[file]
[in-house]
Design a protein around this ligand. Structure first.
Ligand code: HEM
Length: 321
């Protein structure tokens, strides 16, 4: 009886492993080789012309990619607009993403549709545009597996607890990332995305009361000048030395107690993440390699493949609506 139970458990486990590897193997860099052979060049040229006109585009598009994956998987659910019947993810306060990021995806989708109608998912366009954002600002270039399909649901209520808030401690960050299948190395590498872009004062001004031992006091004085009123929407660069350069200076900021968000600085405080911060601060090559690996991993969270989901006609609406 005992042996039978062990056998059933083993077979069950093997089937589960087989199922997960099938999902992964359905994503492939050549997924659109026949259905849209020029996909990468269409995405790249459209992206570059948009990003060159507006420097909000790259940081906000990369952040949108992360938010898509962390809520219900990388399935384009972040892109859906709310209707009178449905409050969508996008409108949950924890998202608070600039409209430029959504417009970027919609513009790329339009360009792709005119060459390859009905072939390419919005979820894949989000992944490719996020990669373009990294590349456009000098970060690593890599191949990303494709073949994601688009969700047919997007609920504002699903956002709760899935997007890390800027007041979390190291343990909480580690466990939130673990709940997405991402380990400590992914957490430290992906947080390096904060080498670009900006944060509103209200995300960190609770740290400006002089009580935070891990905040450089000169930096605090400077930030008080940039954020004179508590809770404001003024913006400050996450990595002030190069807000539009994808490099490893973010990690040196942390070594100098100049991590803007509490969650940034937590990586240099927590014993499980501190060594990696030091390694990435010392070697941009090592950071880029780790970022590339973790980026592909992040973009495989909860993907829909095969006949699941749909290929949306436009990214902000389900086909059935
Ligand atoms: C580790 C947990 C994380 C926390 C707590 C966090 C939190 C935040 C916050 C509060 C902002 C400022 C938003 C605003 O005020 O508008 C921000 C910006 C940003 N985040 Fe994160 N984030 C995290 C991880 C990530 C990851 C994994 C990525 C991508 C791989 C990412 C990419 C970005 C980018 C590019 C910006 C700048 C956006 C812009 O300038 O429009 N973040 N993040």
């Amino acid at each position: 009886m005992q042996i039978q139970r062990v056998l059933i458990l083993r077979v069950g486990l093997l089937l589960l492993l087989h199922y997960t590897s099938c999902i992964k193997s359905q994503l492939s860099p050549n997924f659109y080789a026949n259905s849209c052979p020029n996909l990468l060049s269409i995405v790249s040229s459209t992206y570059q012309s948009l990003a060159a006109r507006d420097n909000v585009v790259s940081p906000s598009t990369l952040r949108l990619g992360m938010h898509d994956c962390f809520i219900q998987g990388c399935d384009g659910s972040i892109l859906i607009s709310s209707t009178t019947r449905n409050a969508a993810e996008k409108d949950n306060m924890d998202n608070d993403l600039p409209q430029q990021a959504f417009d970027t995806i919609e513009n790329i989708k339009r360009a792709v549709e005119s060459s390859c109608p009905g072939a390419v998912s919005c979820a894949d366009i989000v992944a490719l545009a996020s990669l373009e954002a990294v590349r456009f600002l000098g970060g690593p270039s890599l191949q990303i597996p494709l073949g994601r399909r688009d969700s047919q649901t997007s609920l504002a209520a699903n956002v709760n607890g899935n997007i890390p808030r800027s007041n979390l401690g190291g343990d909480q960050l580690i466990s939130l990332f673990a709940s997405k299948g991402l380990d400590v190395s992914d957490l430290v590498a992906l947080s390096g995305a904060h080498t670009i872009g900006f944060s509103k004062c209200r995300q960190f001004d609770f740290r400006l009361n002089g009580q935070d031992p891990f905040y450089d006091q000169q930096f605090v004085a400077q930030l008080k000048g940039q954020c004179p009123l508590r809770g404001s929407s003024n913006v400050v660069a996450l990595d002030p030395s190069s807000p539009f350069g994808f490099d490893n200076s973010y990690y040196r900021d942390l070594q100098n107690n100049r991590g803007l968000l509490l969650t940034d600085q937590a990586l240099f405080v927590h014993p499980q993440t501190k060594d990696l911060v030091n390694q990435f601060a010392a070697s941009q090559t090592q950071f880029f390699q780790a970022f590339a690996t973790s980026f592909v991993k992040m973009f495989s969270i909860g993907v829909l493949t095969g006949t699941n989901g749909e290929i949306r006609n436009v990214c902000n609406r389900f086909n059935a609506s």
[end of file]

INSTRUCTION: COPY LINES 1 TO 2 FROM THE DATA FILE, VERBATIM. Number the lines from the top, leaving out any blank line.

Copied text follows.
[in-house]
Design a protein around this ligand. Structure first.